As India goes to elections in a month’s time, there is a pervading sense of concern and of dismay about the candidates, political parties and alliances that form part of the electoral canvas. A staggering 20% of the current members of Parliament have criminal records, some of whom have charges of heinous crimes such as murder, rape, dacoity and kidnapping against them. While section 8 of the Representation of People’s Act, 1951 provides for the disqualification of a candidate from election following conviction for an offence listed in that section, section 8(4) provides that such a disqualification shall not take effect if there is an appeal or application for revision pending in respect of that offence. Given that there is an automatic right of appeal with respect to most criminal convictions and the tremendous backlog of cases in courts as discussed in previous blogposts here and here, not only do most MPs complete their terms before an appeal against their conviction is disposed off but also often if they belong to the party in power, the cases against them fall apart due to political pressure on the investigative agencies and presumably also on the courts.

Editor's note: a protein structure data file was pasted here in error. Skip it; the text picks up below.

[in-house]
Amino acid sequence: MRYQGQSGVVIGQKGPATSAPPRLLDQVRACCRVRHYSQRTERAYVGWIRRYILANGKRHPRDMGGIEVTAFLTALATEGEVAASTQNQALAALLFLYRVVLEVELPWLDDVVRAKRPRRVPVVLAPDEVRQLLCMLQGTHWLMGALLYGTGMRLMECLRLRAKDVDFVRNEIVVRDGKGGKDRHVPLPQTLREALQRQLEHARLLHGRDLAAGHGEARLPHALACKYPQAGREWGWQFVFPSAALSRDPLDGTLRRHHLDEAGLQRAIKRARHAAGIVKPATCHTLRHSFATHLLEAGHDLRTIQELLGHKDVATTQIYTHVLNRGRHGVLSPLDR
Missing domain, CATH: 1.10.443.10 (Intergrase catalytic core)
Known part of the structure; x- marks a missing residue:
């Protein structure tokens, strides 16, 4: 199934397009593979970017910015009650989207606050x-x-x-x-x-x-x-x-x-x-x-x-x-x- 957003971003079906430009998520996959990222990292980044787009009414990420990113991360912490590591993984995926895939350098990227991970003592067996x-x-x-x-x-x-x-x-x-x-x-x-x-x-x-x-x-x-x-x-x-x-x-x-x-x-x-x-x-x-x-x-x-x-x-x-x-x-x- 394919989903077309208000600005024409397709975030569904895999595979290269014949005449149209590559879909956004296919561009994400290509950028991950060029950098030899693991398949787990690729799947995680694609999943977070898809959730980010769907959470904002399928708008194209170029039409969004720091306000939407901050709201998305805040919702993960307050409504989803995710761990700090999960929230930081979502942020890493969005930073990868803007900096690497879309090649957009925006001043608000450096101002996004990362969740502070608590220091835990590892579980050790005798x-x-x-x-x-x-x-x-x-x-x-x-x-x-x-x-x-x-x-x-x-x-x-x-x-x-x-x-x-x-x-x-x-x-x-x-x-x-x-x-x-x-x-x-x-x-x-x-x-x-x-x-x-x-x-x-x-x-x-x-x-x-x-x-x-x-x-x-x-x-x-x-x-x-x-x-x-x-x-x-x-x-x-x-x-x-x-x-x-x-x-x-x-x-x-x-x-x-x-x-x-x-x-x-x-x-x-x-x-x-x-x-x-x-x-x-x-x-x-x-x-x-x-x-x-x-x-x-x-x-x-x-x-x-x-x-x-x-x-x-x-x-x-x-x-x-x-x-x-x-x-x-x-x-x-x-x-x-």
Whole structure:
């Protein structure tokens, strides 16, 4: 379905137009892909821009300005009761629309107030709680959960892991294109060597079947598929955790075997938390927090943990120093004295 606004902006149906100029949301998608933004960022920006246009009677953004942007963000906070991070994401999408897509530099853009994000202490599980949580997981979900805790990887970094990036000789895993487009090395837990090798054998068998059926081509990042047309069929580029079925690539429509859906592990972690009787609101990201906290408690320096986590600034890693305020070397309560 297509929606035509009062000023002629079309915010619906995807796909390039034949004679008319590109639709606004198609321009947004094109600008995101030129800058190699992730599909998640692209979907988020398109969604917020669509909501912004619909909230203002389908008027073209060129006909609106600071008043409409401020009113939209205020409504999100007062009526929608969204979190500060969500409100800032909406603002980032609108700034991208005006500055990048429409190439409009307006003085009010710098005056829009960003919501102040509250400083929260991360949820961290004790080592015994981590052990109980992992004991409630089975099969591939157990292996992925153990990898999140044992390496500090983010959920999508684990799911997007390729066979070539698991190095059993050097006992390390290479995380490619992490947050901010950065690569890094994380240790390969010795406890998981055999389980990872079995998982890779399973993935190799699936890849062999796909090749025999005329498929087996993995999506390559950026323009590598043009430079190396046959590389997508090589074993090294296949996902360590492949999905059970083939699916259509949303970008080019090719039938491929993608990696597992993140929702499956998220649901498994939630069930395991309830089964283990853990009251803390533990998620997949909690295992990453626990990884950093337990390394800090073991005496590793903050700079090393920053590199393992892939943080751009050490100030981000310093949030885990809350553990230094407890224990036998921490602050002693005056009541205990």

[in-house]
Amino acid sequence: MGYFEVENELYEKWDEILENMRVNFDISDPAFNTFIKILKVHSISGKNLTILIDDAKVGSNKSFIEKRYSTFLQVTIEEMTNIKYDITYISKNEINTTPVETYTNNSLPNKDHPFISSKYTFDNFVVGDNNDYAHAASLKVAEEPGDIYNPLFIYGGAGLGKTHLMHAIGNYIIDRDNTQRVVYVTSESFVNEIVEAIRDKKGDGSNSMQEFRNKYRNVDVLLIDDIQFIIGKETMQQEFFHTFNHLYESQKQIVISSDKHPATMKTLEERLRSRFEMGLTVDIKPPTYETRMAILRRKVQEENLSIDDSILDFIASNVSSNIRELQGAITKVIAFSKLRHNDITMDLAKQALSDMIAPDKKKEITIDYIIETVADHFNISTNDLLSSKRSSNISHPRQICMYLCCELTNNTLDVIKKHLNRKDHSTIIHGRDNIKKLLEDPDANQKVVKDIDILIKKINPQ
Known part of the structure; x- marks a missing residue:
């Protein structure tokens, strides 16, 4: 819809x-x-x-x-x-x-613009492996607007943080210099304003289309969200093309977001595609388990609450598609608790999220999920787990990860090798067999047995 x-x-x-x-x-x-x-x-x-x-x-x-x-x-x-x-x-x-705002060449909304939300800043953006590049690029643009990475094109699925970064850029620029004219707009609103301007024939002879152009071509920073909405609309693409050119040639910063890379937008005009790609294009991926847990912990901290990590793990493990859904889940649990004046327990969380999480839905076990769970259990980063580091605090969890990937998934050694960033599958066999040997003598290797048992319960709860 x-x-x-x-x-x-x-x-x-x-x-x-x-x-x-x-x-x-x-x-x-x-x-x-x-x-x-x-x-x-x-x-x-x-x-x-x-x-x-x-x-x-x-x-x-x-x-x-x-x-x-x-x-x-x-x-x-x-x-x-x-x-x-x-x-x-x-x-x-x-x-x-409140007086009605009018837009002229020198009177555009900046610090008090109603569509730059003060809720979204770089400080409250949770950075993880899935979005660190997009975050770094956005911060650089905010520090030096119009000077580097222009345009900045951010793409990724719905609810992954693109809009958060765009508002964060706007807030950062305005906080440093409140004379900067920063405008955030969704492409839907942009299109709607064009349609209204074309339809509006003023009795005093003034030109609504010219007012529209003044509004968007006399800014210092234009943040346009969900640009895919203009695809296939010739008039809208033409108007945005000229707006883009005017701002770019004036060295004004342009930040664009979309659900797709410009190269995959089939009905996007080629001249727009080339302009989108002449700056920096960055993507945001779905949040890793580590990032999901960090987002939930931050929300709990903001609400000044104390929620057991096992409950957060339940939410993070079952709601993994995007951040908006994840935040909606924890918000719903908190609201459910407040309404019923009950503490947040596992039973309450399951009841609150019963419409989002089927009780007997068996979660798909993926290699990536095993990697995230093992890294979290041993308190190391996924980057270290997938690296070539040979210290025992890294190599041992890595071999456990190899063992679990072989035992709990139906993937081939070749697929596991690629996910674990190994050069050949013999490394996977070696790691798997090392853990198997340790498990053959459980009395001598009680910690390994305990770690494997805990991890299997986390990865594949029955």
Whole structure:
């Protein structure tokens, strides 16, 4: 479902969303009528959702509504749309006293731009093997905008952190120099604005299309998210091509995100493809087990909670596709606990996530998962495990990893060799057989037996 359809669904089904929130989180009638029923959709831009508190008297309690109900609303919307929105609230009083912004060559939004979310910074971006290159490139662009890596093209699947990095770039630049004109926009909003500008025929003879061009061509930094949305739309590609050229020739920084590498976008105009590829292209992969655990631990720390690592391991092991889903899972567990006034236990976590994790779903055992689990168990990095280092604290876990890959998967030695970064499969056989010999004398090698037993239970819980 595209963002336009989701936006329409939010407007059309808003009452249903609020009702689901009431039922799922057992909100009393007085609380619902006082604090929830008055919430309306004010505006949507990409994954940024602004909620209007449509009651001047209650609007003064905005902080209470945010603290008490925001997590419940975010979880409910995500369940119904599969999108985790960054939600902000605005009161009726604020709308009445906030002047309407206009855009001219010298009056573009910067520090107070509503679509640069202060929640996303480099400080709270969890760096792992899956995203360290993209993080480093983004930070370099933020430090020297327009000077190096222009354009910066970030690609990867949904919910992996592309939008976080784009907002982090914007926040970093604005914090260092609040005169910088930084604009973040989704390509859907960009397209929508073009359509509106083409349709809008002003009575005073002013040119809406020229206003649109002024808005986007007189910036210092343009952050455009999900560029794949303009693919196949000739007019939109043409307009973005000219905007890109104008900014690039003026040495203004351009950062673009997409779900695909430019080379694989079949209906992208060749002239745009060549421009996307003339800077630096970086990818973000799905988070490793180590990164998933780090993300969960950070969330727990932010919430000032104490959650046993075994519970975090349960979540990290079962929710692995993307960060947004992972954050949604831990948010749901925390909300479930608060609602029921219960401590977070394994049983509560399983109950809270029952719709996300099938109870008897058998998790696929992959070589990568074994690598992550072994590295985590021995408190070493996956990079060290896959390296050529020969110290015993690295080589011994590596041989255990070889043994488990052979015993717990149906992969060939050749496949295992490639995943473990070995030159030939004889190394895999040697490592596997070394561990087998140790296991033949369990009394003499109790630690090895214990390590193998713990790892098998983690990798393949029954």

In an attempt to rectify this situation and galvanized into action by the Mumbai terror attacks, the Public Interest Foundation in New Delhi chaired by Bimal Jalan, a nominated member of Parliament, has launched the “No Criminals in Politics” campaign. According to the campaign concept note, “[t]he recent Mumbai attacks have once again highlighted the need for individuals with a high level of personal integrity to provide effective leadership for our country.” The core idea of the campaign is to initiate a nationwide effort to enable large numbers of citizens to appeal to political parties not to give tickets to people with criminal antecedents in the upcoming elections. The campaign website provides information on the criminal antecedents of sitting MPs and also provides details of such criminal cases. It also provides news and updates about the election alongwith its partners, the Association for Democratic Reforms, National Election Watch and Jaago Re. The campaign calls upon people to popularise the campaign message through email/sms, social networking sites, discussions in the blogosphere as well as through organisation of events propagating the campaign message in places across the country.
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